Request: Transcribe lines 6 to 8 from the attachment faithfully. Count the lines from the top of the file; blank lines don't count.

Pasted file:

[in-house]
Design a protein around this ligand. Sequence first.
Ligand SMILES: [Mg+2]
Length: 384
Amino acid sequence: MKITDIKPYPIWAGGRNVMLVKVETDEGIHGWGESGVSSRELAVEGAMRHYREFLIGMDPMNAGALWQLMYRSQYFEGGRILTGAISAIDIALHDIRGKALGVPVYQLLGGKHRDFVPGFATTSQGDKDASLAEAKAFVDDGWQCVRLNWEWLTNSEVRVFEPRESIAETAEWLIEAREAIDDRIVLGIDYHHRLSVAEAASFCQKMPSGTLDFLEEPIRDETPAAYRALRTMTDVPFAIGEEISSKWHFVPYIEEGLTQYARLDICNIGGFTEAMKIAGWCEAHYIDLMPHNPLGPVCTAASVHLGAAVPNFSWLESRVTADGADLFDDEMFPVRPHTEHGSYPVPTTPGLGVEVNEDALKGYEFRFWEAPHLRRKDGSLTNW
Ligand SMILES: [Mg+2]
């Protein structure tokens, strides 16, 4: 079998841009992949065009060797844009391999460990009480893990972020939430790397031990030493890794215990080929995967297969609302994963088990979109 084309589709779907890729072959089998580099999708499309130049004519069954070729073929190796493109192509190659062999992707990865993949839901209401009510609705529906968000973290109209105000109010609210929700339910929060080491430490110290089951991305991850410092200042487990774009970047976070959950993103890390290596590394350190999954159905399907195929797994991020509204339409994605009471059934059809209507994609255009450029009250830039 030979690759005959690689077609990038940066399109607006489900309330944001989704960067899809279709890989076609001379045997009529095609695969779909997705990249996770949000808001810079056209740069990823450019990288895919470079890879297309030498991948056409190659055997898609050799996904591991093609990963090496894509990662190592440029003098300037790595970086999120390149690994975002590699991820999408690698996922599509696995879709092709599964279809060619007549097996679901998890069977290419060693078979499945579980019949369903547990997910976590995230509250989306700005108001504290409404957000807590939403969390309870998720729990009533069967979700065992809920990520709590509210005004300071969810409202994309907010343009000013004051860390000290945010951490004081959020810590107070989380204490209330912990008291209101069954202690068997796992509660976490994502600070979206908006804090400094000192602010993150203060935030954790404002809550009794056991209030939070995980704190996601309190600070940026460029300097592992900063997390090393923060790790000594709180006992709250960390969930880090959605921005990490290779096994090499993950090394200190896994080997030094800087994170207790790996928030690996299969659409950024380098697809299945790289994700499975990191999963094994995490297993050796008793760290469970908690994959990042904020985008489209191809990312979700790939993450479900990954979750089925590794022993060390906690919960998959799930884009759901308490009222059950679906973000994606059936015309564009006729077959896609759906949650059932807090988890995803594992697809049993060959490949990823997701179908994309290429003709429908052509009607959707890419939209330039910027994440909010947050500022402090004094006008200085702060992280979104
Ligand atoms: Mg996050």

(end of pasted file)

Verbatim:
Ligand SMILES: [Mg+2]
């Protein structure tokens, strides 16, 4: 079998841009992949065009060797844009391999460990009480893990972020939430790397031990030493890794215990080929995967297969609302994963088990979109 084309589709779907890729072959089998580099999708499309130049004519069954070729073929190796493109192509190659062999992707990865993949839901209401009510609705529906968000973290109209105000109010609210929700339910929060080491430490110290089951991305991850410092200042487990774009970047976070959950993103890390290596590394350190999954159905399907195929797994991020509204339409994605009471059934059809209507994609255009450029009250830039 030979690759005959690689077609990038940066399109607006489900309330944001989704960067899809279709890989076609001379045997009529095609695969779909997705990249996770949000808001810079056209740069990823450019990288895919470079890879297309030498991948056409190659055997898609050799996904591991093609990963090496894509990662190592440029003098300037790595970086999120390149690994975002590699991820999408690698996922599509696995879709092709599964279809060619007549097996679901998890069977290419060693078979499945579980019949369903547990997910976590995230509250989306700005108001504290409404957000807590939403969390309870998720729990009533069967979700065992809920990520709590509210005004300071969810409202994309907010343009000013004051860390000290945010951490004081959020810590107070989380204490209330912990008291209101069954202690068997796992509660976490994502600070979206908006804090400094000192602010993150203060935030954790404002809550009794056991209030939070995980704190996601309190600070940026460029300097592992900063997390090393923060790790000594709180006992709250960390969930880090959605921005990490290779096994090499993950090394200190896994080997030094800087994170207790790996928030690996299969659409950024380098697809299945790289994700499975990191999963094994995490297993050796008793760290469970908690994959990042904020985008489209191809990312979700790939993450479900990954979750089925590794022993060390906690919960998959799930884009759901308490009222059950679906973000994606059936015309564009006729077959896609759906949650059932807090988890995803594992697809049993060959490949990823997701179908994309290429003709429908052509009607959707890419939209330039910027994440909010947050500022402090004094006008200085702060992280979104
Ligand atoms: Mg996050």